Everyone’s got them; no one necessarily wants them: Those moments in life when things go topsy-turvy and send us into tailspins. I call them “loops of life” – like a loop on a roller coaster… they come up fast; you may dread the thought of it more than the actual experience warrants; and it’s over before you know it.
Life has thrown me a loop lately, and as it has affected, and will likely affect, my rhythm of posting blogs here for the next couple weeks, I’d like to thank you in advance for a bit of patience.
In the summer, I found a growth in my neck; I knew it was the thyroid gland, as I’d had one in the same spot 30 years ago; by the time life got back into swing here after the summer holidays, it had grown further; long story short, they found three large, benign masses which have completely consumed my thyroid gland – miraculously, however, they seem to have taken over its function and are working perfectly fine. But it’s getting harder to speak, swallow, breathe, etc. So, in 10 days I’ll get to check into a luxury hotel, aka the hospital, and undergo a 4-hour surgery; the surgeon will take her time, especially as I’m a singer and the vocal cords / nerves are extremely important to me, as you can imagine!
Since beginning this process, I’ve heard from so many people who are having (or have had) the same problem; it’s comforting to know I’m by no means alone in this, and others have come through it well and whole. I may not post regularly for the next fortnight or so – but keep your eyes open!
Before the surgery, we’re going away for a much needed week’s holiday in Lugano, and are looking forward to it! Our cats are looking forward to being spoilt by a live-in flat sitter, too, so it’s a win-win!
There’s an old Native American proverb about two wolves: One is a black wolf, and the other, white. The black wolf is everything that is bad, and the white one is everything that is good. These wolves are constantly at battle inside each one of us: Which wolf wins? The one you feed.
This story has truth at its core, and we can apply this principle to any area of our lives: Thoughts; diet; exercise; writing; speech; relationships; habits, and anything else you can think of. Another adage comes to mind: “Garbage in, garbage out” – what we feed ourselves (any part of our trinity, whether mind, body or spirit) is what will come out of us. There are all kinds of sayings around this truth – roots and fruits, and all that.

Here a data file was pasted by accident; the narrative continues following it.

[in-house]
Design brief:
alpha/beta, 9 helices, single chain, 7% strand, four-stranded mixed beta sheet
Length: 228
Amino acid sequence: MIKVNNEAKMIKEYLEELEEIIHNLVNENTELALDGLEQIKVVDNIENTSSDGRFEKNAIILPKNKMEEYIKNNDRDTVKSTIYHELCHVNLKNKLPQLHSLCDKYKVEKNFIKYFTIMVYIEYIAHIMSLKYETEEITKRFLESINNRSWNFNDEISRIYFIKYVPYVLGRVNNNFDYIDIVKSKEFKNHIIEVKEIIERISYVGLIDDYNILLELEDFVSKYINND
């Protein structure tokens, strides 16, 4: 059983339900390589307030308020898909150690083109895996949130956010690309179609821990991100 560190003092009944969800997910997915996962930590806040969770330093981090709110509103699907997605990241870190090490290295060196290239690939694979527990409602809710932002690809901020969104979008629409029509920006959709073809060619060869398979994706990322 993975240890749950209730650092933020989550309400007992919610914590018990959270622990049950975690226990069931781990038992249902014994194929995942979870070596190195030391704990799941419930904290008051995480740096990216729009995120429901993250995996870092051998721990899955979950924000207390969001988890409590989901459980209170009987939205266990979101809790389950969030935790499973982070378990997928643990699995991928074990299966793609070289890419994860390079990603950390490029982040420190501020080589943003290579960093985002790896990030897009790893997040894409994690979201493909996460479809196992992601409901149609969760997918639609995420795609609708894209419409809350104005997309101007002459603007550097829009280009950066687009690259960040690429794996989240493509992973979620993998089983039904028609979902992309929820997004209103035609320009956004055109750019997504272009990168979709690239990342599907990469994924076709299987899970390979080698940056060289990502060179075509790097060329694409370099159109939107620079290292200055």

Each one of us has a daily routine; it may vary greatly from person to person, but it’s there. We all probably have habits we’d like to break; they could be things that are time- or energy-wasters, or habits like smoking or overeating. I’d like to focus on the habits of writers.
Creativity, like caffeine, is a legal addictive substance; an addiction is formed from repeated applications (i.e. habit). If we feed the right wolves, we will reach our goals, whatever they are, but if we feed the wrong wolves, we won’t – it’s that simple. For some, it’s finishing the first chapter; for others, it’s publishing; for others, it might be collecting enough poems, artwork, or other creative forms until there’s enough for release (art show, cookbook, anthology, etc.).
Each creative expression has its own unique pair of wolves. One common black wolf is what I would name “NEDs” – Negative Energy Drains. It can be expressed through negative talk about yourself or your writing (whether its source is internal from a lack of self-confidence, or external from unsupportive environments or relationships), or a pressure placed on yourself (again, internal or external) to complete a goal based on unrealistic expectations. Another common black wolf is “Ambiguity”: As long as we don’t know what concrete steps to take to reach a goal, it’s difficult to move forward; as long as we allow ambiguity to feed, it will paralyze us.
In this scenario, the white wolves would be named PEFs (Positive Energy Feeds) and Preciseness. Those might simply manifest themselves as speaking positively to yourself every time NED tries to speak or putting up positive post-its of where you’re going with your goals. For the second wolf, define the steps needed – set yourself an appointment for the purpose of researching the steps, and finding concrete resources to help you reach your goals, then take one step at a time. Keep that appointment.
Which wolf do you feed?